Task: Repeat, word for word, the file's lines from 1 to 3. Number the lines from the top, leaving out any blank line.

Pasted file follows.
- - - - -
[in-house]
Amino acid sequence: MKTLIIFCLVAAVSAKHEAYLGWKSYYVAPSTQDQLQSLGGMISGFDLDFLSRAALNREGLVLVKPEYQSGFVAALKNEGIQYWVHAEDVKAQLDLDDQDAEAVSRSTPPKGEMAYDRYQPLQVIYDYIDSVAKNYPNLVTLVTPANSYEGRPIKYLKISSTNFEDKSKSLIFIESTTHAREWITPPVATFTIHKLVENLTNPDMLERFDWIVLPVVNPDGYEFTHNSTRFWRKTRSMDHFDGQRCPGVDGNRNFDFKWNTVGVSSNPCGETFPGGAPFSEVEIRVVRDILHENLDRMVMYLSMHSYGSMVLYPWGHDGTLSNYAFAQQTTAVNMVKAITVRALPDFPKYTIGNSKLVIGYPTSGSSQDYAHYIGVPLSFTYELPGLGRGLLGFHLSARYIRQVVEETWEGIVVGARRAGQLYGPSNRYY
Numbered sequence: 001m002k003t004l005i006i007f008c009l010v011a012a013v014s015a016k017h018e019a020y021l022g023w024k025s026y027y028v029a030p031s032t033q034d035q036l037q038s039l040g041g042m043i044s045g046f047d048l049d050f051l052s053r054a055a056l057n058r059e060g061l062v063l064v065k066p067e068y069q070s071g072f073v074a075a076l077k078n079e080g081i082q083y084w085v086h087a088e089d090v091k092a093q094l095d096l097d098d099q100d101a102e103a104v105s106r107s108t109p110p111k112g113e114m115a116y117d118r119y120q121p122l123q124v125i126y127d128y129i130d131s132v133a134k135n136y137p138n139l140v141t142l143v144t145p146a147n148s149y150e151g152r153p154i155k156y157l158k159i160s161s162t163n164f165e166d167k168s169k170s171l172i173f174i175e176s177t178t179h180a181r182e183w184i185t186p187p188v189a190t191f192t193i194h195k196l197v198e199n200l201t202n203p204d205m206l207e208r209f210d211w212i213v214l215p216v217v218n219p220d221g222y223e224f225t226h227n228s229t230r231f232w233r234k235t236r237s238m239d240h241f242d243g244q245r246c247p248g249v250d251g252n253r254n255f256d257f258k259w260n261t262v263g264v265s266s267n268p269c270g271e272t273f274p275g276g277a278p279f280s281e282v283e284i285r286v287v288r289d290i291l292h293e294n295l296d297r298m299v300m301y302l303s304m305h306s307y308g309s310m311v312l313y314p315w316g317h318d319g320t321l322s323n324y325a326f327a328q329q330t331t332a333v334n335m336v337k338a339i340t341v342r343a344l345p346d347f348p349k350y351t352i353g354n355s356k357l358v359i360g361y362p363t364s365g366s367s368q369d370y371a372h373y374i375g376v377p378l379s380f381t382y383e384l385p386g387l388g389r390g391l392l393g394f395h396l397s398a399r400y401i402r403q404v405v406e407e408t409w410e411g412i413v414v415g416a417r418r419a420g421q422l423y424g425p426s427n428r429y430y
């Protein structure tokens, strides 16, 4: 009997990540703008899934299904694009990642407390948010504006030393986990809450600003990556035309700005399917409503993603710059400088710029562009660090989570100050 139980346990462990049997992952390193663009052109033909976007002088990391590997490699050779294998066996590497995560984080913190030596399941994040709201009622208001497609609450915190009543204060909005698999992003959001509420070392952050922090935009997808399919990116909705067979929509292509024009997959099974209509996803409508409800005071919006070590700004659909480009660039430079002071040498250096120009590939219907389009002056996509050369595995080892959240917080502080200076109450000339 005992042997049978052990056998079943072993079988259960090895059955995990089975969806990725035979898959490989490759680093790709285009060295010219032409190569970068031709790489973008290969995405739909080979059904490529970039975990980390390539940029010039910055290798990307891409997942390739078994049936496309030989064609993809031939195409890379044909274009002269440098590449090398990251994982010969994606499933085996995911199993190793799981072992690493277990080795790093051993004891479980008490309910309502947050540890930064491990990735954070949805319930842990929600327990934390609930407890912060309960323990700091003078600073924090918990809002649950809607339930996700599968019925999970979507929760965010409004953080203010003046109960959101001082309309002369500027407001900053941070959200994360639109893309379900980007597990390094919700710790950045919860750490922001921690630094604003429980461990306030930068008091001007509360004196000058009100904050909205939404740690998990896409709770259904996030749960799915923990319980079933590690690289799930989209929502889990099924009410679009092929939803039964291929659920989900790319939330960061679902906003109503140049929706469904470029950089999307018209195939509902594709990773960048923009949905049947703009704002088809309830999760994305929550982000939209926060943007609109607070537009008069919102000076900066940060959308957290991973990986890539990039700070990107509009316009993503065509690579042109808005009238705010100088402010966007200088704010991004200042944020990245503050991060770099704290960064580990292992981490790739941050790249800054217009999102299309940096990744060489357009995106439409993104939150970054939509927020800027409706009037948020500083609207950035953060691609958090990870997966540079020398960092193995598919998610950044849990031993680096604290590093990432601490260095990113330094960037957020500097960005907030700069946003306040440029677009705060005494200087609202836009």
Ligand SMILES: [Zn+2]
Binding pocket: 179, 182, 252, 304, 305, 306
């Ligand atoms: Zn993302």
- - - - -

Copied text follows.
[in-house]
Amino acid sequence: MKTLIIFCLVAAVSAKHEAYLGWKSYYVAPSTQDQLQSLGGMISGFDLDFLSRAALNREGLVLVKPEYQSGFVAALKNEGIQYWVHAEDVKAQLDLDDQDAEAVSRSTPPKGEMAYDRYQPLQVIYDYIDSVAKNYPNLVTLVTPANSYEGRPIKYLKISSTNFEDKSKSLIFIESTTHAREWITPPVATFTIHKLVENLTNPDMLERFDWIVLPVVNPDGYEFTHNSTRFWRKTRSMDHFDGQRCPGVDGNRNFDFKWNTVGVSSNPCGETFPGGAPFSEVEIRVVRDILHENLDRMVMYLSMHSYGSMVLYPWGHDGTLSNYAFAQQTTAVNMVKAITVRALPDFPKYTIGNSKLVIGYPTSGSSQDYAHYIGVPLSFTYELPGLGRGLLGFHLSARYIRQVVEETWEGIVVGARRAGQLYGPSNRYY
Numbered sequence: 001m002k003t004l005i006i007f008c009l010v011a012a013v014s015a016k017h018e019a020y021l022g023w024k025s026y027y028v029a030p031s032t033q034d035q036l037q038s039l040g041g042m043i044s045g046f047d048l049d050f051l052s053r054a055a056l057n058r059e060g061l062v063l064v065k066p067e068y069q070s071g072f073v074a075a076l077k078n079e080g081i082q083y084w085v086h087a088e089d090v091k092a093q094l095d096l097d098d099q100d101a102e103a104v105s106r107s108t109p110p111k112g113e114m115a116y117d118r119y120q121p122l123q124v125i126y127d128y129i130d131s132v133a134k135n136y137p138n139l140v141t142l143v144t145p146a147n148s149y150e151g152r153p154i155k156y157l158k159i160s161s162t163n164f165e166d167k168s169k170s171l172i173f174i175e176s177t178t179h180a181r182e183w184i185t186p187p188v189a190t191f192t193i194h195k196l197v198e199n200l201t202n203p204d205m206l207e208r209f210d211w212i213v214l215p216v217v218n219p220d221g222y223e224f225t226h227n228s229t230r231f232w233r234k235t236r237s238m239d240h241f242d243g244q245r246c247p248g249v250d251g252n253r254n255f256d257f258k259w260n261t262v263g264v265s266s267n268p269c270g271e272t273f274p275g276g277a278p279f280s281e282v283e284i285r286v287v288r289d290i291l292h293e294n295l296d297r298m299v300m301y302l303s304m305h306s307y308g309s310m311v312l313y314p315w316g317h318d319g320t321l322s323n324y325a326f327a328q329q330t331t332a333v334n335m336v337k338a339i340t341v342r343a344l345p346d347f348p349k350y351t352i353g354n355s356k357l358v359i360g361y362p363t364s365g366s367s368q369d370y371a372h373y374i375g376v377p378l379s380f381t382y383e384l385p386g387l388g389r390g391l392l393g394f395h396l397s398a399r400y401i402r403q404v405v406e407e408t409w410e411g412i413v414v415g416a417r418r419a420g421q422l423y424g425p426s427n428r429y430y